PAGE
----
• Talk with upperclassmen about how they gained experiences in the health professions or about their medical school application process.
  • Work to develop a relationship with your science faculty members through office hour visits, extracurricular activities, etc.
  • Begin to inquire and research opportunities to gain clinical experience in healthcare fields through shadowing, volunteering, employment (i.e. CNA, EMT), and internship opportunities – keep records of your experiences.
  • Learn more about the osteopathic medical profession and philosophy by reading books, researching online, etc.
  • Begin researching osteopathic medical schools online focusing on admissions requirements and average entering student statistics (i.e., GPA, MCAT, ideal applicant, etc.).
  • Attend recruitment events and visit local osteopathic medical school campuses.
  • Look for opportunities to shadow an osteopathic physician in a clinical setting – keep records of your experiences.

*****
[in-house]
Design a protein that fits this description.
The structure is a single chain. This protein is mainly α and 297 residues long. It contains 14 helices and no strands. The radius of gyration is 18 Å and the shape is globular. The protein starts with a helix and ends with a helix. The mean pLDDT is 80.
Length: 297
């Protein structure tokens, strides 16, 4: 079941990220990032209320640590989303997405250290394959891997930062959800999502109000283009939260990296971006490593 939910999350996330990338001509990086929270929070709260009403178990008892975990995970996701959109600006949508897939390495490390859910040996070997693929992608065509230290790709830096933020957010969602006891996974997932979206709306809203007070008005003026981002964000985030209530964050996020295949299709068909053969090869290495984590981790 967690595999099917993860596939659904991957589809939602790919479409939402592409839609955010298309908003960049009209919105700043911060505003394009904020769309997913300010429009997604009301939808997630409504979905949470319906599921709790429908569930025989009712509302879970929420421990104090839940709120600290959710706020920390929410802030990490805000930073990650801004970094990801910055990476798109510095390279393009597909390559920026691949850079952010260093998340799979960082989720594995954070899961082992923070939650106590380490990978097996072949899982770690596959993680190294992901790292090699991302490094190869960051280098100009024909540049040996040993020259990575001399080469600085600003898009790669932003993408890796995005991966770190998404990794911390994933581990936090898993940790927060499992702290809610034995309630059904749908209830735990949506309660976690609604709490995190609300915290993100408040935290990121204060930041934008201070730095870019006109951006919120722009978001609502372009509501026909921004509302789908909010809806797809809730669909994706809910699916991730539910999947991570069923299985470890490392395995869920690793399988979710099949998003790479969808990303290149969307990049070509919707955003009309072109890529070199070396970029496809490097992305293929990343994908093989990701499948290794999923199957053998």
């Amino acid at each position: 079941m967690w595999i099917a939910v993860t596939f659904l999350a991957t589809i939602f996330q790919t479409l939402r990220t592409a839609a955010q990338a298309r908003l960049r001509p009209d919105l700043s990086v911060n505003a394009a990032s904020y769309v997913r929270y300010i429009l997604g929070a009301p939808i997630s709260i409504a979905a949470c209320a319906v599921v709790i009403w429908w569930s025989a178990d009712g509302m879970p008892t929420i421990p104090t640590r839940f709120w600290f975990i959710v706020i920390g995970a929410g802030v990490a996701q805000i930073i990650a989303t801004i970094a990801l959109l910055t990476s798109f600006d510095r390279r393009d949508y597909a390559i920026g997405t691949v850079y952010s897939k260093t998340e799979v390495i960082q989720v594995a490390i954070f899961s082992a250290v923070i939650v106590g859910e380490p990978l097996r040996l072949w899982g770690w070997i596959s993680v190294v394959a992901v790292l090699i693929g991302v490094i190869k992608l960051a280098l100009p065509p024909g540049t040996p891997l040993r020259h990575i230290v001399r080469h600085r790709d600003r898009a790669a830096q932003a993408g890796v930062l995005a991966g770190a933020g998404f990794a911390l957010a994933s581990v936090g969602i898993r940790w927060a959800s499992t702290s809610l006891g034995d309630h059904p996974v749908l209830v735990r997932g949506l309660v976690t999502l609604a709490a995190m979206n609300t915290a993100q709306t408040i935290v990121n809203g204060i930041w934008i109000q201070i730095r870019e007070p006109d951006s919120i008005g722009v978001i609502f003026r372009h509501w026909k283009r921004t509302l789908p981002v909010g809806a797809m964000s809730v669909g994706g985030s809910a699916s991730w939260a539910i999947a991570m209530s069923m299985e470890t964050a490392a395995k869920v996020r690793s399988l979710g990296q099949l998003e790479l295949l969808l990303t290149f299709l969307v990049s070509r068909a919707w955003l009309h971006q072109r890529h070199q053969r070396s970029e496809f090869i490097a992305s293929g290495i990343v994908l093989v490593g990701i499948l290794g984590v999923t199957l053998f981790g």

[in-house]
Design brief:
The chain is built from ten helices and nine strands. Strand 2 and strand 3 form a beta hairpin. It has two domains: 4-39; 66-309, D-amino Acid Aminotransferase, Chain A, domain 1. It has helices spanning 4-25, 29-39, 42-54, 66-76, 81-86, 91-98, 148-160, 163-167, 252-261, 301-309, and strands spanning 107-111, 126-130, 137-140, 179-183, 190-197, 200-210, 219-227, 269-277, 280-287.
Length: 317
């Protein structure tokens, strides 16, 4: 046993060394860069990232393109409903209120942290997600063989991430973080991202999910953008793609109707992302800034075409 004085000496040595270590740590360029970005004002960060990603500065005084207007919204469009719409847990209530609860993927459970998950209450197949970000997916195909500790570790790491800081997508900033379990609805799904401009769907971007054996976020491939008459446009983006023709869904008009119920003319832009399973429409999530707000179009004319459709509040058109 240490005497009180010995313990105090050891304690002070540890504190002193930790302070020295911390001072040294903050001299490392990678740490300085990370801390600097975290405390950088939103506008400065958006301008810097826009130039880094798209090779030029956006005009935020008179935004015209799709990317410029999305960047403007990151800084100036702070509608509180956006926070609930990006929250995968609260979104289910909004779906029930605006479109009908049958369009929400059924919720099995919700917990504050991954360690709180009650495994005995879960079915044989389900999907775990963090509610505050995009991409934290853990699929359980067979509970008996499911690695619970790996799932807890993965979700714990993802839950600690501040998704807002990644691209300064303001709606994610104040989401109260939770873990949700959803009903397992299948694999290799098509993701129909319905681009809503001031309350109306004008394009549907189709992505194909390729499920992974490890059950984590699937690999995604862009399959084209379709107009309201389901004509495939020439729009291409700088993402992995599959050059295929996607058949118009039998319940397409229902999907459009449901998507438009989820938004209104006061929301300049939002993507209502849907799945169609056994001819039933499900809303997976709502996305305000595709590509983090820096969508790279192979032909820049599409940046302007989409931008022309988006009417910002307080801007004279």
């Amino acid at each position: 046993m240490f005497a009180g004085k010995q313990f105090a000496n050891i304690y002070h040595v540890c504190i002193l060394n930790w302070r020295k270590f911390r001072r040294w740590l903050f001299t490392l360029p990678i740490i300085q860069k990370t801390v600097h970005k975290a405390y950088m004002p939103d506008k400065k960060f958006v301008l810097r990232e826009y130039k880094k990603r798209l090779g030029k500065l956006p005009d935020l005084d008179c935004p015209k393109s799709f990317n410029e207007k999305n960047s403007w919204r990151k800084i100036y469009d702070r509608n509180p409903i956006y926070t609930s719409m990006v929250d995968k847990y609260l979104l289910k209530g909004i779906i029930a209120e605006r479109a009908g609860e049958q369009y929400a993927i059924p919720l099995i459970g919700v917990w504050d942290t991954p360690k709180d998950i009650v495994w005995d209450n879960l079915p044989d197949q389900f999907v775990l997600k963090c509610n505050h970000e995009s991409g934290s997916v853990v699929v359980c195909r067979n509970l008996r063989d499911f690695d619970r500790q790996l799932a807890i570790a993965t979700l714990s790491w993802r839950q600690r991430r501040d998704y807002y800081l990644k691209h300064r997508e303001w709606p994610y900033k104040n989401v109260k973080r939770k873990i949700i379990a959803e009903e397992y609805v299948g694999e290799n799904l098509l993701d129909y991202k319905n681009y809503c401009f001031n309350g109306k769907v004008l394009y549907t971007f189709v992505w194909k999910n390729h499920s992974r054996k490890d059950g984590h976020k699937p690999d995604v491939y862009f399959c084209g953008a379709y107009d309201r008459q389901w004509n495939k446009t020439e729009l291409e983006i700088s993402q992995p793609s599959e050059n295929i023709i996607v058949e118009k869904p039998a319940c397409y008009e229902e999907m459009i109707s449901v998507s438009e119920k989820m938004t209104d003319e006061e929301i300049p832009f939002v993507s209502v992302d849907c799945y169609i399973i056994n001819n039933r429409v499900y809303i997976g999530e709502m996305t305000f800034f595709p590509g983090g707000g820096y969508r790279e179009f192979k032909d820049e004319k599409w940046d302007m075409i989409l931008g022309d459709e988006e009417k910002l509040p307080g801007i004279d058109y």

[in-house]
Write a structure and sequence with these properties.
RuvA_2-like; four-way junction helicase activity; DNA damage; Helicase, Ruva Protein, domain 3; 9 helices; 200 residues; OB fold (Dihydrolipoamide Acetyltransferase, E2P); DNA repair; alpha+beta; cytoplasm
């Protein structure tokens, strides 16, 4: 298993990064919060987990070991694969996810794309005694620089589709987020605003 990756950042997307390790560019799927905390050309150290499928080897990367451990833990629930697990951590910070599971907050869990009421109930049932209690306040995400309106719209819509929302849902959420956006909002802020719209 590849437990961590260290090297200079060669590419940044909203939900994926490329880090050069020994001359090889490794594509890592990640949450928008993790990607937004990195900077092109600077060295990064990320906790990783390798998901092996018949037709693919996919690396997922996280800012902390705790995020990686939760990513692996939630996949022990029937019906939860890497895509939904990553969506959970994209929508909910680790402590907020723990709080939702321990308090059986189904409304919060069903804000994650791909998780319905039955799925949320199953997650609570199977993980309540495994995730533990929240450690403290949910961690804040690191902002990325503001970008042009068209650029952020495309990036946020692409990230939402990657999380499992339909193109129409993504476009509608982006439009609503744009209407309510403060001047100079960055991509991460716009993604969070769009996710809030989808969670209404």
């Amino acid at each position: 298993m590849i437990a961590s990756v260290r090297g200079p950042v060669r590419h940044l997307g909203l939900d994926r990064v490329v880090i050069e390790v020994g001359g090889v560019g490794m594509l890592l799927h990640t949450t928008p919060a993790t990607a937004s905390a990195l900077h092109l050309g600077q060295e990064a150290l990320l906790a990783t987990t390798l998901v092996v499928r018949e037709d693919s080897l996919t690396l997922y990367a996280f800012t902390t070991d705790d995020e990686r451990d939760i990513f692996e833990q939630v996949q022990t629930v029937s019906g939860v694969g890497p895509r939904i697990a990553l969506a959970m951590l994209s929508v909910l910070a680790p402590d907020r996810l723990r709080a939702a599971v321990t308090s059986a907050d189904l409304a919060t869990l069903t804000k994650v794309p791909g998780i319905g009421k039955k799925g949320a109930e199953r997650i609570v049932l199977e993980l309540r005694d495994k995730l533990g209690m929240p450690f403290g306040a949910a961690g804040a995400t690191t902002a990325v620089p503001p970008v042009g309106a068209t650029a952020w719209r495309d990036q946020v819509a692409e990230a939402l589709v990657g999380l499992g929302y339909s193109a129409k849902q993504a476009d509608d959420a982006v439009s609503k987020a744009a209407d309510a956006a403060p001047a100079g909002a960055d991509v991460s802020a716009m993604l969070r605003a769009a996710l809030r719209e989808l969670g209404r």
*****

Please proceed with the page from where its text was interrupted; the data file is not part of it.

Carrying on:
Year Two

  • Meet with your prehealth advisor to discuss current coursework, activities, and to begin thinking about preparation for the Medical College Admission Test (MCAT).
  • Continue prerequisite coursework.
  • Maintain a competitive GPA and, if needed, immediately reach out to academic resources on campus for assistance (i.e., tutoring services). (See General Admissions Requirements for the average GPA for entering students).
  • Continue to gain clinical experiences through shadowing, volunteering, employment (i.e., CNA, EMT), and internship opportunities.
  • Focus on building relationships with professors, advisors, and medical professionals as they are future resources for evaluations/letters of recommendation.
  • Stay involved in prehealth organizations and get involved in community service – look for leadership opportunities.
  • Join or start a Pre-Student Osteopathic Medical Association (Pre-SOMA) chapter at your undergraduate college.
  • Continue to keep records of extracurricular and clinical experiences.